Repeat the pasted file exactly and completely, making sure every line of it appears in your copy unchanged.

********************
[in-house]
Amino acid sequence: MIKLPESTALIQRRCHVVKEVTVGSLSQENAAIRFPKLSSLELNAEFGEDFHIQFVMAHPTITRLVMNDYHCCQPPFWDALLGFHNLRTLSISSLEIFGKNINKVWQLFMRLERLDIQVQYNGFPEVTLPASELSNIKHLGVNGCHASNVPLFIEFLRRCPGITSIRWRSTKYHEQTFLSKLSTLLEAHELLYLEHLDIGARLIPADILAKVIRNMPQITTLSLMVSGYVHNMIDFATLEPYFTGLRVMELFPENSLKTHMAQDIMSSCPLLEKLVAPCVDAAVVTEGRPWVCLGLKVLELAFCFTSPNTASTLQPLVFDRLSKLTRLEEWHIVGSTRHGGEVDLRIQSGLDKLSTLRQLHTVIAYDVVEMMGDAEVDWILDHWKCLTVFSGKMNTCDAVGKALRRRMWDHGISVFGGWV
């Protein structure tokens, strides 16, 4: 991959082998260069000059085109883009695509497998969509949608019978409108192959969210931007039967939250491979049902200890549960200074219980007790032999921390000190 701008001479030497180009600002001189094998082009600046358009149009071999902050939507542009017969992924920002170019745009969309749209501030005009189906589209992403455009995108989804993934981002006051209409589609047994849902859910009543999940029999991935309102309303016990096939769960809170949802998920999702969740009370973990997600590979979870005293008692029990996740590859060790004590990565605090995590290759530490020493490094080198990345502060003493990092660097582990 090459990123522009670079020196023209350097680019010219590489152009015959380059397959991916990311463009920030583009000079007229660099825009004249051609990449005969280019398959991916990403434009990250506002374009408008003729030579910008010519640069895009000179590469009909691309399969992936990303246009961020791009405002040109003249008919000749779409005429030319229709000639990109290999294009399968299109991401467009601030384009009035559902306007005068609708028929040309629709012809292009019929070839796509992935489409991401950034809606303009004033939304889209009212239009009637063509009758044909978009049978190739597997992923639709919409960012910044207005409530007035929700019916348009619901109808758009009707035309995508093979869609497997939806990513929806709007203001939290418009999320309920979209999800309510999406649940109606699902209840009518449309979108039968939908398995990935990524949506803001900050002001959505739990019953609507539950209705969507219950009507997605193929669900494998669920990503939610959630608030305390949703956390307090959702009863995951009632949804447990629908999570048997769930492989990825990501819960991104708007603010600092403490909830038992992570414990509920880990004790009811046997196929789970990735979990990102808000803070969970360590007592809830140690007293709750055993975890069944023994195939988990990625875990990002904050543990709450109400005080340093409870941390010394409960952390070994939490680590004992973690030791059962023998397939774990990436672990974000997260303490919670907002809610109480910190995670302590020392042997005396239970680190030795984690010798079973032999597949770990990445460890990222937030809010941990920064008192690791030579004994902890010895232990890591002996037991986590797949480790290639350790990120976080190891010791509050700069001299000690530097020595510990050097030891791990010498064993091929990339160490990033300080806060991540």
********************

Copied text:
[in-house]
Amino acid sequence: MIKLPESTALIQRRCHVVKEVTVGSLSQENAAIRFPKLSSLELNAEFGEDFHIQFVMAHPTITRLVMNDYHCCQPPFWDALLGFHNLRTLSISSLEIFGKNINKVWQLFMRLERLDIQVQYNGFPEVTLPASELSNIKHLGVNGCHASNVPLFIEFLRRCPGITSIRWRSTKYHEQTFLSKLSTLLEAHELLYLEHLDIGARLIPADILAKVIRNMPQITTLSLMVSGYVHNMIDFATLEPYFTGLRVMELFPENSLKTHMAQDIMSSCPLLEKLVAPCVDAAVVTEGRPWVCLGLKVLELAFCFTSPNTASTLQPLVFDRLSKLTRLEEWHIVGSTRHGGEVDLRIQSGLDKLSTLRQLHTVIAYDVVEMMGDAEVDWILDHWKCLTVFSGKMNTCDAVGKALRRRMWDHGISVFGGWV
């Protein structure tokens, strides 16, 4: 991959082998260069000059085109883009695509497998969509949608019978409108192959969210931007039967939250491979049902200890549960200074219980007790032999921390000190 701008001479030497180009600002001189094998082009600046358009149009071999902050939507542009017969992924920002170019745009969309749209501030005009189906589209992403455009995108989804993934981002006051209409589609047994849902859910009543999940029999991935309102309303016990096939769960809170949802998920999702969740009370973990997600590979979870005293008692029990996740590859060790004590990565605090995590290759530490020493490094080198990345502060003493990092660097582990 090459990123522009670079020196023209350097680019010219590489152009015959380059397959991916990311463009920030583009000079007229660099825009004249051609990449005969280019398959991916990403434009990250506002374009408008003729030579910008010519640069895009000179590469009909691309399969992936990303246009961020791009405002040109003249008919000749779409005429030319229709000639990109290999294009399968299109991401467009601030384009009035559902306007005068609708028929040309629709012809292009019929070839796509992935489409991401950034809606303009004033939304889209009212239009009637063509009758044909978009049978190739597997992923639709919409960012910044207005409530007035929700019916348009619901109808758009009707035309995508093979869609497997939806990513929806709007203001939290418009999320309920979209999800309510999406649940109606699902209840009518449309979108039968939908398995990935990524949506803001900050002001959505739990019953609507539950209705969507219950009507997605193929669900494998669920990503939610959630608030305390949703956390307090959702009863995951009632949804447990629908999570048997769930492989990825990501819960991104708007603010600092403490909830038992992570414990509920880990004790009811046997196929789970990735979990990102808000803070969970360590007592809830140690007293709750055993975890069944023994195939988990990625875990990002904050543990709450109400005080340093409870941390010394409960952390070994939490680590004992973690030791059962023998397939774990990436672990974000997260303490919670907002809610109480910190995670302590020392042997005396239970680190030795984690010798079973032999597949770990990445460890990222937030809010941990920064008192690791030579004994902890010895232990890591002996037991986590797949480790290639350790990120976080190891010791509050700069001299000690530097020595510990050097030891791990010498064993091929990339160490990033300080806060991540």